Moments Musicaux D780, op. 94
Arranger: Daniel Göritz
Score and Solo Parts
Recorded on the CD "New Transcriptions for 2 Guitars, Vol. 1" kr10099: order CD
The character pieces for piano known as the Moments Musicaux Op. 94 by Franz Schubert (1797–1828) belong to his latest works. They were first published in today’s well-known form as a set of six pieces in 1828. Two of the pieces had already appeared in print, belonging to different collections, a few years earlier: No. 3, entitled Air Russe (Russian song), in 1823 and No. 6, Plainte d’un Troubadour (Lament of a minstrel) in 1824. The other four pieces all date from approximately one year before his death, to the fall of 1827. In the collection of 1828 the earlier programmatic headings were omitted. Whether Schubert himself assigned these titles remains uncertain. Nevertheless, in this era it was common practice for publishers (with or without the knowledge and consent of the composers) to assign such titles, both as a perceptional aid and to increase sales through the choice of the then fashionable French language.
Schubert had a noticeable affinity for the more intimate sound of the guitar. Many of his songs appeared during his lifetime with guitar accompaniment and, if no piano was at hand, he used the instrument now and then for composing. Nevertheless, he unfortunately left no important compositions for the guitar. There is one curious work that was wrongly attributed to Schubert for many years: a Notturno op. 21 for flute, viola, cello and guitar that is known today to be a composition by Wenzel Thomas Matiegka (1773–1830); Schubert solely added a cello part to the original trio! We can only speculate as to why Schubert did not compose for the guitar. His own ability to play the instrument was assumedly rather modest, nothing to compare with his knowledge of the piano or various string instruments. It is possible that he had little contact with the guitar virtuosos of the time, for example, Mauro Giuliani, who became celebrated in the second decade of the nineteenth Century in Vienna. Giuliani maintained a close relationship with Anton Diabelli, who later became Schubert's publisher. It seems somewhat astonishing that even Schubert's later contact with Diabelli, who composed many works for the guitar himself, did not result in a work of Schubert's for the guitar. Possibly another obstacle would have been (and still exists today) that most composers consider the guitar a particularly difficult instrument to compose for, unless one knows it intimately.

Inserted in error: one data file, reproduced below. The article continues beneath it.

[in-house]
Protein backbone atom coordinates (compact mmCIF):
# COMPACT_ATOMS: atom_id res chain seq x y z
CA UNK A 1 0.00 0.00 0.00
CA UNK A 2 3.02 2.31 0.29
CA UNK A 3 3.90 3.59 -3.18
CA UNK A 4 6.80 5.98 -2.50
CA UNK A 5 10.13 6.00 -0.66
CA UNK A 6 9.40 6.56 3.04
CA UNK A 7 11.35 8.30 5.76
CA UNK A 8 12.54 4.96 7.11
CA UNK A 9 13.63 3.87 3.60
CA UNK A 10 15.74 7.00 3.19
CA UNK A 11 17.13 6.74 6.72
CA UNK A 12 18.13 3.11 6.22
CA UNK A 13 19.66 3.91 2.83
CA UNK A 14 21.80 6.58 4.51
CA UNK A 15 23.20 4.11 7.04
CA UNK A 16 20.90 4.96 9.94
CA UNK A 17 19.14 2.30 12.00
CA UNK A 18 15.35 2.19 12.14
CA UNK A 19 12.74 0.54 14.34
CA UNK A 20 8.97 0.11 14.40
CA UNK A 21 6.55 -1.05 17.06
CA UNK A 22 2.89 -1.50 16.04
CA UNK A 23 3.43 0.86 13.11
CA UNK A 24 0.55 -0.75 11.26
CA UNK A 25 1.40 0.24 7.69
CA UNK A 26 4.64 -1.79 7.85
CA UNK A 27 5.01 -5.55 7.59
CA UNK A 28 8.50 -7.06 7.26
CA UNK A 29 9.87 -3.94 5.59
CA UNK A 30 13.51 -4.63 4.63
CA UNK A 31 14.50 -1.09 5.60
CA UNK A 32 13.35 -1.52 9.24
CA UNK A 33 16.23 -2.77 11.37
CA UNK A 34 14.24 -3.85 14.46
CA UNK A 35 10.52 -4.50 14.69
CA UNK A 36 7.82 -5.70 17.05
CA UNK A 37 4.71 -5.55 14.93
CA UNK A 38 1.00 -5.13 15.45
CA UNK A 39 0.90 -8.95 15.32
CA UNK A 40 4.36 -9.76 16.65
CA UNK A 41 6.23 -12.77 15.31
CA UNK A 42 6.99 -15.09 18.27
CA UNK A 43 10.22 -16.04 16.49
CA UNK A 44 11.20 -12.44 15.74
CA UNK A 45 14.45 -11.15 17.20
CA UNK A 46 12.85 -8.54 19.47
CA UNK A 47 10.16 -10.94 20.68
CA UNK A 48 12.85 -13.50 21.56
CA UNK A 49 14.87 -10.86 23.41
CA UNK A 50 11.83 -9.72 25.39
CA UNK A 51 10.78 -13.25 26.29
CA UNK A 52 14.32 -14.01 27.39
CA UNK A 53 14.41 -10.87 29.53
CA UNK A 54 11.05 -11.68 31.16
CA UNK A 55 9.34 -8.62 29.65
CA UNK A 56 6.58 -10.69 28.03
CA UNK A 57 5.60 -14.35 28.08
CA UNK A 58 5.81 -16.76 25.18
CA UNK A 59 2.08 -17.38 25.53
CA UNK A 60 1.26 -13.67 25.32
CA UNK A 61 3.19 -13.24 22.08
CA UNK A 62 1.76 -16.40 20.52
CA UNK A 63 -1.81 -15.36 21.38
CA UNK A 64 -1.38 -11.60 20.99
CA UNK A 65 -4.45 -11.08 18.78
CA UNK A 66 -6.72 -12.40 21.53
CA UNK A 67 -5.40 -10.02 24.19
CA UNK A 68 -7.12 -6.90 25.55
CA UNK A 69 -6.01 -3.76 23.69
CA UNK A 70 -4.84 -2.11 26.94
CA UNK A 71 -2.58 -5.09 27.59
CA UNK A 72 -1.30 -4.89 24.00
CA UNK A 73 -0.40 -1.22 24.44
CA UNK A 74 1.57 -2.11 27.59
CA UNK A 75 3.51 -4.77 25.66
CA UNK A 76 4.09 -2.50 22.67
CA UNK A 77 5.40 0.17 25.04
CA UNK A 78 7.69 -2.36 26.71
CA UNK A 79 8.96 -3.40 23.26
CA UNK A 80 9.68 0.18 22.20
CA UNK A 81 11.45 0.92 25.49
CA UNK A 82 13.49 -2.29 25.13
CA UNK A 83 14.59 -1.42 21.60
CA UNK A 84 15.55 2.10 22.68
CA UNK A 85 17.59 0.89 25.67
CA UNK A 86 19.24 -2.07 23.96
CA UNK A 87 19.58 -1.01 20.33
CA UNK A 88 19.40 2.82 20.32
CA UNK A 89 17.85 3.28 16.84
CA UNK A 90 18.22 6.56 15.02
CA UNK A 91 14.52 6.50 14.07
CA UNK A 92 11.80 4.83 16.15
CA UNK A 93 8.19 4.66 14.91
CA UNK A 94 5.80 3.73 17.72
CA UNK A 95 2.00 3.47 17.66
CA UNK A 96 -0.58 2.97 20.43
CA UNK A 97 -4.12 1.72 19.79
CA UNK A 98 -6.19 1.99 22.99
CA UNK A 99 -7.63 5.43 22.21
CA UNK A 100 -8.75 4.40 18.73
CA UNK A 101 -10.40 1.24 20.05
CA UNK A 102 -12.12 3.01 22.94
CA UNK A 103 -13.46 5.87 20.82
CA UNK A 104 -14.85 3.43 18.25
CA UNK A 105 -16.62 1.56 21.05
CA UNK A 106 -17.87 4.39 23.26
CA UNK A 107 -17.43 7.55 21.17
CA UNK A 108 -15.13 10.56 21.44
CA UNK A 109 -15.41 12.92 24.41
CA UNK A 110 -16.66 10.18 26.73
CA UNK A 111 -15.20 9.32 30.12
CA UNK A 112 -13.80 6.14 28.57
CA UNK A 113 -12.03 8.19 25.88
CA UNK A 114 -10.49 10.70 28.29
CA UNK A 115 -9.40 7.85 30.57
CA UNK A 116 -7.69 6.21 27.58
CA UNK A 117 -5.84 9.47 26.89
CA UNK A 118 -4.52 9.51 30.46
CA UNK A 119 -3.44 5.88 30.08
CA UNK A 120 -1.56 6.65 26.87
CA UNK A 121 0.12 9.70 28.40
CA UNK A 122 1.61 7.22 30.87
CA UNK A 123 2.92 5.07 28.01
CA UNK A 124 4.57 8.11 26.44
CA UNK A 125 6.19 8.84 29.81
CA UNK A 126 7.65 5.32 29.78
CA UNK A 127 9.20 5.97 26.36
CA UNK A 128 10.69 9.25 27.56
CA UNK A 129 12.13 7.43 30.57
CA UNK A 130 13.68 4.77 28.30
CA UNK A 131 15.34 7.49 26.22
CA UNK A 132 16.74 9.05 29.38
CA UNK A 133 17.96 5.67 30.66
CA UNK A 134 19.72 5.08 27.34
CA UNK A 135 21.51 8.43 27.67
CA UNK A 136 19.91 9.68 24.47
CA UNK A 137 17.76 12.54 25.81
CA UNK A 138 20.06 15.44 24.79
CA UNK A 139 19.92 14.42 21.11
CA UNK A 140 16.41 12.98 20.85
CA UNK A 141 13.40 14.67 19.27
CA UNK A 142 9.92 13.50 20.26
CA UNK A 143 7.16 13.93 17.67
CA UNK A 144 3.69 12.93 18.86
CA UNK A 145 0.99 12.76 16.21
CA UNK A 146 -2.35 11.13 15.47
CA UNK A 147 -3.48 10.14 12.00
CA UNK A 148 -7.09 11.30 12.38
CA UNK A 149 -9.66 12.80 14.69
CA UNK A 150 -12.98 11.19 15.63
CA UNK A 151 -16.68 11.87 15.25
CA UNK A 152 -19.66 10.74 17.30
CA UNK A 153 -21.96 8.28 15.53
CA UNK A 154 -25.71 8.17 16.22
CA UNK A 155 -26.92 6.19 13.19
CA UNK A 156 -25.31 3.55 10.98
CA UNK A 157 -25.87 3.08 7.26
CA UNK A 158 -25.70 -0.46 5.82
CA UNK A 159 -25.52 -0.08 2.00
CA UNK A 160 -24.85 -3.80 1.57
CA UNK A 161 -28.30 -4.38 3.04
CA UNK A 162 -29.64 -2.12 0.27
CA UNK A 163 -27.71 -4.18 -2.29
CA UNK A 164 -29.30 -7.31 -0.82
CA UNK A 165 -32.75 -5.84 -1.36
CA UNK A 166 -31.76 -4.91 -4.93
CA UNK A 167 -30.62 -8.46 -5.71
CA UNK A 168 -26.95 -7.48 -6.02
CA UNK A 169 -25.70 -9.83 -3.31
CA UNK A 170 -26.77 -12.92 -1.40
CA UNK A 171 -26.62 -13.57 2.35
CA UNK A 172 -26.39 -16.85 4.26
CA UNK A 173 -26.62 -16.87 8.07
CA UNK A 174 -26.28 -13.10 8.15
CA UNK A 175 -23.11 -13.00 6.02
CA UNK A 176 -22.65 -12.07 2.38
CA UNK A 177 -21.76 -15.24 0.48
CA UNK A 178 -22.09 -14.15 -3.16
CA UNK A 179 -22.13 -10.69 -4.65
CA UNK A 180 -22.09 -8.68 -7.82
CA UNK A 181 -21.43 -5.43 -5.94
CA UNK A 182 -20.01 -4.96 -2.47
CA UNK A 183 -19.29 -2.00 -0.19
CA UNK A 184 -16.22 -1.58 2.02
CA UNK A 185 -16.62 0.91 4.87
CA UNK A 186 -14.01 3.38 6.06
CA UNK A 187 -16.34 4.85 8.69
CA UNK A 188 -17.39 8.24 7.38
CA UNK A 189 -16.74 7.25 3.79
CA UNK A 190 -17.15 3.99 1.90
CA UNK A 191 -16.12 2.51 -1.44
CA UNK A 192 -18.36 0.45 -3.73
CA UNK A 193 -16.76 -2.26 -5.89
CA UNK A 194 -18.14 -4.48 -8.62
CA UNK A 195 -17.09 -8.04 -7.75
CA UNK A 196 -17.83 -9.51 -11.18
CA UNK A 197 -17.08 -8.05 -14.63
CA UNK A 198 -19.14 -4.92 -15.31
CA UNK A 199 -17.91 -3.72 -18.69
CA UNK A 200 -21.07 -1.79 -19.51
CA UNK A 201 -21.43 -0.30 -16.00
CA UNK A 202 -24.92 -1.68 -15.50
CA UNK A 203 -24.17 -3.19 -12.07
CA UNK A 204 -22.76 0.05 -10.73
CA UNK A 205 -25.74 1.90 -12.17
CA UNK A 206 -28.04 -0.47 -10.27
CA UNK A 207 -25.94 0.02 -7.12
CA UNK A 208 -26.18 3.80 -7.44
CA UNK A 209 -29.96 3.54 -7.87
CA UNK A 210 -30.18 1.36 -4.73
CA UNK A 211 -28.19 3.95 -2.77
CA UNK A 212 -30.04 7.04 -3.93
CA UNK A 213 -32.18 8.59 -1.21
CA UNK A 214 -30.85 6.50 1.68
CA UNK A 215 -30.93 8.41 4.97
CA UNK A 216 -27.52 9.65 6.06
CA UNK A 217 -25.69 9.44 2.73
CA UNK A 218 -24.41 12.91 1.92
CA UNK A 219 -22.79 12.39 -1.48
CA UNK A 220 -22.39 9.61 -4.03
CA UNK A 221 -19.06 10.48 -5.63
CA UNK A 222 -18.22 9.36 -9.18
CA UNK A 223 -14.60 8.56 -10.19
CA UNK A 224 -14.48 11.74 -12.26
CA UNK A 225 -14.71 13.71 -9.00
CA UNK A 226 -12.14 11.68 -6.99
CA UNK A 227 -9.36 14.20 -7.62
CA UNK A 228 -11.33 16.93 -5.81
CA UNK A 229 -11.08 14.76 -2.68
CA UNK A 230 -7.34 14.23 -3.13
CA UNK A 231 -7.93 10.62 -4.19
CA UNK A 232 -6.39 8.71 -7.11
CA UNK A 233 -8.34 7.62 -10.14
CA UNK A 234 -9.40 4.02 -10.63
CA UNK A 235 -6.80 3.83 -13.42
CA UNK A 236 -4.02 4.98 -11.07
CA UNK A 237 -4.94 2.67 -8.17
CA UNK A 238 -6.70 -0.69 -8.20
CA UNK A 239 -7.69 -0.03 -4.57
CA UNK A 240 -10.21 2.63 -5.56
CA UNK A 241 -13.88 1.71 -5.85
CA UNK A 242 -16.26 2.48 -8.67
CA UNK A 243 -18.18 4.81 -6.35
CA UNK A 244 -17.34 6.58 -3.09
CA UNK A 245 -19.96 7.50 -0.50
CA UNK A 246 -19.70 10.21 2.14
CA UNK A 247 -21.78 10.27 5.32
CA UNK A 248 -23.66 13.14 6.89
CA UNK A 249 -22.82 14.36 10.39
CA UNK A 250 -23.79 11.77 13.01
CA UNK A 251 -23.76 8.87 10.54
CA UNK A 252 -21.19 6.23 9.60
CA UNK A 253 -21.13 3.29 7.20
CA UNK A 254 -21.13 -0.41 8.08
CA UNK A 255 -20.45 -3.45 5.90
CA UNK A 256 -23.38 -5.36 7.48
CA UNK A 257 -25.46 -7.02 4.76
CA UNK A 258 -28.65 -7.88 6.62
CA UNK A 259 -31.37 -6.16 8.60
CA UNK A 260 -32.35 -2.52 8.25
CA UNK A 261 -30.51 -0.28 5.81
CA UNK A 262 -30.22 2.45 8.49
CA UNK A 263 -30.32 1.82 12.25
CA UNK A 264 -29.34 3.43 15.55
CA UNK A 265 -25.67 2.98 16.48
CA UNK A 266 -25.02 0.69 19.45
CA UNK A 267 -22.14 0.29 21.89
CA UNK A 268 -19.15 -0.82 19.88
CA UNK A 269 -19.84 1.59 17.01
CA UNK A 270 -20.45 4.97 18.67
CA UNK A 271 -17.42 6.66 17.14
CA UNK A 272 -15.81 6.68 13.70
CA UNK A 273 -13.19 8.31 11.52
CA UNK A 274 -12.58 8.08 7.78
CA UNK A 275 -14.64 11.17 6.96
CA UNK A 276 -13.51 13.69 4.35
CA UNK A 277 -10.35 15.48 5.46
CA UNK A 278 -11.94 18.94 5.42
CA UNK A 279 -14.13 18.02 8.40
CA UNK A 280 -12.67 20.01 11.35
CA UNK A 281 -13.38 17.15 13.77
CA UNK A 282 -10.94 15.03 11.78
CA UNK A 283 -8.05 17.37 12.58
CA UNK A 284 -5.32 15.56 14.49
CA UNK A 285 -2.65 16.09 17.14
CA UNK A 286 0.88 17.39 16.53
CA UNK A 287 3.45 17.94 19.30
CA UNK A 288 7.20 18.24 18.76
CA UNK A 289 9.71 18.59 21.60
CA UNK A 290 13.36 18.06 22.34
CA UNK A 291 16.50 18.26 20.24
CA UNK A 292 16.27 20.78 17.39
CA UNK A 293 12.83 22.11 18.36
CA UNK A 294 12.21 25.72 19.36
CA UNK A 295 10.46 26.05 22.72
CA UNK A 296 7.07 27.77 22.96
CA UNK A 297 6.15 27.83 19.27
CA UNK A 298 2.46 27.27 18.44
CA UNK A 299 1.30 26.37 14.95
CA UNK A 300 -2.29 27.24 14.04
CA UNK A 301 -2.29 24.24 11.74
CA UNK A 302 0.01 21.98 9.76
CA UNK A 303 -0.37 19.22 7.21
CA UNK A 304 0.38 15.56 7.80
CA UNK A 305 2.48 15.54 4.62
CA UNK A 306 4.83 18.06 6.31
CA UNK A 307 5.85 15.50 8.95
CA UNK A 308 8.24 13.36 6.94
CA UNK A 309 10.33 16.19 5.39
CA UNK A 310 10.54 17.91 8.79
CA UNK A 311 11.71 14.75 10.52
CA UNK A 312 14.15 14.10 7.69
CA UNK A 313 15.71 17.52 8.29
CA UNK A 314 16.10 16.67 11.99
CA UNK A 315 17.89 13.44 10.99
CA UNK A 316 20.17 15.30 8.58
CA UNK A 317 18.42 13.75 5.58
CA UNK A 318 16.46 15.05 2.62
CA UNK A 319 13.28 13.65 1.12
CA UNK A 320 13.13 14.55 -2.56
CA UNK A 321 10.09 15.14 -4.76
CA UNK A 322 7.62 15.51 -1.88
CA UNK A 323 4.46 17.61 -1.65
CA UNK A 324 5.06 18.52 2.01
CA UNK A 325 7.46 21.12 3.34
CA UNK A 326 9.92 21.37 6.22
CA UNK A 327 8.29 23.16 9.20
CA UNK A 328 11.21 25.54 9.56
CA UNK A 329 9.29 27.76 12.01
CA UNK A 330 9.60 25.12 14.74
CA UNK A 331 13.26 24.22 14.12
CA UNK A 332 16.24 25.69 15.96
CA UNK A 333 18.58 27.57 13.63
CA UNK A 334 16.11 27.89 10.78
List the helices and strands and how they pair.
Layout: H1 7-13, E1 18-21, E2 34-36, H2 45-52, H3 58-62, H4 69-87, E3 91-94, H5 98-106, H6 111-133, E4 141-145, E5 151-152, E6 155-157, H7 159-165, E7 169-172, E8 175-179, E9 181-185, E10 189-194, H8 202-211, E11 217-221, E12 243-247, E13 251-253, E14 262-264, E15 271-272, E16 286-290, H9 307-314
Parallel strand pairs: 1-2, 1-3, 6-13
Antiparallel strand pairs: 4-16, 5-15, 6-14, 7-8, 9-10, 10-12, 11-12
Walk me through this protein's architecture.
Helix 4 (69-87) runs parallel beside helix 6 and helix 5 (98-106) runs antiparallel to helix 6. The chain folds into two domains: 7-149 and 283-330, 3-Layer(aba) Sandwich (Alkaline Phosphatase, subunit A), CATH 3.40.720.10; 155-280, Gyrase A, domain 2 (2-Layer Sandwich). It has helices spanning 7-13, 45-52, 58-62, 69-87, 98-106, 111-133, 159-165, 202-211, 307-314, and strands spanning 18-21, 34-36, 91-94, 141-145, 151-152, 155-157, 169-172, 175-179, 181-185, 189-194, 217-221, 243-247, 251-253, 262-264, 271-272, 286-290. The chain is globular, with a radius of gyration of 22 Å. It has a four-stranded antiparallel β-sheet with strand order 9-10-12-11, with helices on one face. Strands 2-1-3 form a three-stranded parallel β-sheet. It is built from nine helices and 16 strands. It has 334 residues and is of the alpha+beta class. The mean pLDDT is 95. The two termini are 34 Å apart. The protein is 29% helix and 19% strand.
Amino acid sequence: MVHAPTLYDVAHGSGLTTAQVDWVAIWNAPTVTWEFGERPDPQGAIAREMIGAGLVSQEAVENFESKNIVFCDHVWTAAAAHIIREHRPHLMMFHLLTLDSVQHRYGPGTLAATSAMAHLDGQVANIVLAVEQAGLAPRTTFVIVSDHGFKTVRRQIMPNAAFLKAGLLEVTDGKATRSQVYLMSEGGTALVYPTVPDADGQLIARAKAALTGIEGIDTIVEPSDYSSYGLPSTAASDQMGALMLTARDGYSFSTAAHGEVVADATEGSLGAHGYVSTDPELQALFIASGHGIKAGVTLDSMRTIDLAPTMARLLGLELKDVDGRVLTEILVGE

Thus only the possibility of an arrangement remains for us. Many of Schubert's textures seem to suit the guitar quite naturally, but other more pianistic settings do of course present obstacles and challenges for a transcription. The reward however is a sound that wonderfully corresponds to Schubert's poetic world and allows us to listen to his music with new ears.
This transcription is based on the Neue Schubert-Ausgabe (Bärenreiter Verlag Kassel).
Phrasings and legatos appear as in the original and are not to be confused with guitaristic technical slurs. Such technical slurs should be, in the opinion of the editor, part of individual interpretation decisions by the performers. In the few cases where they appear, they are identified as editorial suggestions by dotted-lined slurs.
The recording of the present arrangement is available on the CD Daniel Göritz & Daniel Wolff, New Transcriptions for 2 Guitars – Vol. I (Kreuzberg Records 2007, www.kreuzberg-records.de).
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